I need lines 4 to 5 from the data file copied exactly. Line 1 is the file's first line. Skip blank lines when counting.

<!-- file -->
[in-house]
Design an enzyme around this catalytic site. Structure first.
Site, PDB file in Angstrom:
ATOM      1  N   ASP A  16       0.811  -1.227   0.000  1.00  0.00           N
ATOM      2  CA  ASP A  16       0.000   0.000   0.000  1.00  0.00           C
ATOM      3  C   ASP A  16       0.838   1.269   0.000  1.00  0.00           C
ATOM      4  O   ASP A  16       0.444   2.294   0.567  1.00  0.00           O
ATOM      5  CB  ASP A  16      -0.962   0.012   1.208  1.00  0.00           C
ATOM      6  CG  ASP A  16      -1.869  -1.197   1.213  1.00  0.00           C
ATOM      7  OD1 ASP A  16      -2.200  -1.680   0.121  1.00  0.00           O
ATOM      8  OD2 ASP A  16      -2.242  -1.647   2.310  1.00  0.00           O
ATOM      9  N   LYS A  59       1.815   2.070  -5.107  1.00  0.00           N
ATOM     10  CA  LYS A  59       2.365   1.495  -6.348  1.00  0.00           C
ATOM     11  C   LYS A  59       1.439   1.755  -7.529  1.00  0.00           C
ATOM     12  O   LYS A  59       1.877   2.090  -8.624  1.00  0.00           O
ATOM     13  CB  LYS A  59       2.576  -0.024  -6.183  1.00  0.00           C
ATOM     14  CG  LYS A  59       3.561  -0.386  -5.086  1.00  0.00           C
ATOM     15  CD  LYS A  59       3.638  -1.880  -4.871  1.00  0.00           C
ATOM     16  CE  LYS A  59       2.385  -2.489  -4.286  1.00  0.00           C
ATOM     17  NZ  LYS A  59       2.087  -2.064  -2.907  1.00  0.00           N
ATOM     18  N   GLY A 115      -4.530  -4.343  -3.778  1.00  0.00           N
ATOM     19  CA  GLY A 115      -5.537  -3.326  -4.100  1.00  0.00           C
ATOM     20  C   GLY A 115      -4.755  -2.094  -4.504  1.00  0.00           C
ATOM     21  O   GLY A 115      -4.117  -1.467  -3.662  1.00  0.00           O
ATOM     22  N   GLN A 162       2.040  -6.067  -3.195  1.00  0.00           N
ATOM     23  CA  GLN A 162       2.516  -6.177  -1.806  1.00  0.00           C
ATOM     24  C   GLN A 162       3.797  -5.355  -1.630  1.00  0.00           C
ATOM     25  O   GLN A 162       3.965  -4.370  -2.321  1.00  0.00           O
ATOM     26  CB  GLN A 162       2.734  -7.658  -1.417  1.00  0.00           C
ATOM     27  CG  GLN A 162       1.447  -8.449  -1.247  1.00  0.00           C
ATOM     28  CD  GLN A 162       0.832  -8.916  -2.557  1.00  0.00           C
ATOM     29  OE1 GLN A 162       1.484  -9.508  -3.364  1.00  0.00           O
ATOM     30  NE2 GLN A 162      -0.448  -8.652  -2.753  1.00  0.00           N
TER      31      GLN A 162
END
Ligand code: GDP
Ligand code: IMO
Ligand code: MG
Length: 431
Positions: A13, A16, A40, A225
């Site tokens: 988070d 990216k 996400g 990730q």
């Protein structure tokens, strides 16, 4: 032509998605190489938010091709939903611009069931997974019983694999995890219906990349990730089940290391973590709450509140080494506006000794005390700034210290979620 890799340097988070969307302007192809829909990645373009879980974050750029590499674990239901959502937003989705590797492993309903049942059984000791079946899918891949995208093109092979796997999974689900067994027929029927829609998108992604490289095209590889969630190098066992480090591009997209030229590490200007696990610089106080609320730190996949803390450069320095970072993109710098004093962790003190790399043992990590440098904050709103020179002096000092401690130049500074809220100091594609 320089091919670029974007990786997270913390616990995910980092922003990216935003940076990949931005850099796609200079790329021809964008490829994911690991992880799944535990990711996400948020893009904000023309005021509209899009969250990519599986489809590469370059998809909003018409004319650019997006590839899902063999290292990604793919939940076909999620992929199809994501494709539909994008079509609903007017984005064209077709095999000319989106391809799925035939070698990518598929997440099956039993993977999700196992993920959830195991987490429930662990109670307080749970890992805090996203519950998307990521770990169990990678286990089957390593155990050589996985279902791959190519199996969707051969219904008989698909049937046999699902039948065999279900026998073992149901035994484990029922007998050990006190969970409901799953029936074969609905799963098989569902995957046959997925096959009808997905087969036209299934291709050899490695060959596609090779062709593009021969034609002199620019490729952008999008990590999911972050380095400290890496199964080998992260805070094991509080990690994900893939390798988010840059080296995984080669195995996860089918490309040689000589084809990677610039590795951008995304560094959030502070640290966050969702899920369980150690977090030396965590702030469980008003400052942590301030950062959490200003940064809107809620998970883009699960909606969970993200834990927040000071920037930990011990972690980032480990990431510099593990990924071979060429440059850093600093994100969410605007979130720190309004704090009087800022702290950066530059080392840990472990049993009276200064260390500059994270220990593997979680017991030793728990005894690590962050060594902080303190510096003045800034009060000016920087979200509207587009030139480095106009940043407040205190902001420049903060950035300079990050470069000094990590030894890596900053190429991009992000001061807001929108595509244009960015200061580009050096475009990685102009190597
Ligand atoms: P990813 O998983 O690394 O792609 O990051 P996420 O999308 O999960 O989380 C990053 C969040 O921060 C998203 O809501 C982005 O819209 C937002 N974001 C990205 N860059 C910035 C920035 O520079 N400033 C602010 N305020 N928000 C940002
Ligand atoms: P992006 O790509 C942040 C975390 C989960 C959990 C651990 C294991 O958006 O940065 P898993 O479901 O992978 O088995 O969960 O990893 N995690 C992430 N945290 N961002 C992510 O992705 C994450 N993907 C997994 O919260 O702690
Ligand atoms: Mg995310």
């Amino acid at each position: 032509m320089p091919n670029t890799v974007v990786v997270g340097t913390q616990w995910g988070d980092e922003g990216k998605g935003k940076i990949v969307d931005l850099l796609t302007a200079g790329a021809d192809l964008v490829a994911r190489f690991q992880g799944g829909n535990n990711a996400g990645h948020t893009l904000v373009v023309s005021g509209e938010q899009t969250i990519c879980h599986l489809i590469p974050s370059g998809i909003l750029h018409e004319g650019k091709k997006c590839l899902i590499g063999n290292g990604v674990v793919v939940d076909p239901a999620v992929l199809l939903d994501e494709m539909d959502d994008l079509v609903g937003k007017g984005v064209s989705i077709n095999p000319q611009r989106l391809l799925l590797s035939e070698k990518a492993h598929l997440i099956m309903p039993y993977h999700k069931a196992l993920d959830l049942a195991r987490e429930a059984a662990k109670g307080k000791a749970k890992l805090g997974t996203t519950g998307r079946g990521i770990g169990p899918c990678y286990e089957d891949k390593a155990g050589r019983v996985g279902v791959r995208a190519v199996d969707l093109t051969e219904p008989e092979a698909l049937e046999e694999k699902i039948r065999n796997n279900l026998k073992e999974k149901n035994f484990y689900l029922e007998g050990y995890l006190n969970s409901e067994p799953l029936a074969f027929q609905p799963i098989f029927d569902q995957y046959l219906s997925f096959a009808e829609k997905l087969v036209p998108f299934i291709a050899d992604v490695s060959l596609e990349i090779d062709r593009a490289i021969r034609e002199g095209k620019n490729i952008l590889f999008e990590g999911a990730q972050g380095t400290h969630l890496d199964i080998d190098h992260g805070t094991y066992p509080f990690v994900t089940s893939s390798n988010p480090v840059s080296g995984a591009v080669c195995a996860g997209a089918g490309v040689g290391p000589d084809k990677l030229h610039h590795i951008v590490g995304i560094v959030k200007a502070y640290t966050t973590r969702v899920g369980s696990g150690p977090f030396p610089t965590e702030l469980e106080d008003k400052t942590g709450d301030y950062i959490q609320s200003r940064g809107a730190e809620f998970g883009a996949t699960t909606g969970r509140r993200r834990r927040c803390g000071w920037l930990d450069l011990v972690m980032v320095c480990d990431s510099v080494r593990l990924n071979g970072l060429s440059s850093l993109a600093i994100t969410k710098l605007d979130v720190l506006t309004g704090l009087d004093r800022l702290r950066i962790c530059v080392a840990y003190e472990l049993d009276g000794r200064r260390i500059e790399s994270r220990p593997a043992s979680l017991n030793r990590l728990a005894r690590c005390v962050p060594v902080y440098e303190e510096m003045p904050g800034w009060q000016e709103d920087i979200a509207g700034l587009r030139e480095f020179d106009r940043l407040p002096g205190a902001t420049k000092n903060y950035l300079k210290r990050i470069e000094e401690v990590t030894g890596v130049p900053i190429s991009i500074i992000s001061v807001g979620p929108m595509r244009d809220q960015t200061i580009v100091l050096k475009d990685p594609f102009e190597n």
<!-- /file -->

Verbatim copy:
ATOM      1  N   ASP A  16       0.811  -1.227   0.000  1.00  0.00           N
ATOM      2  CA  ASP A  16       0.000   0.000   0.000  1.00  0.00           C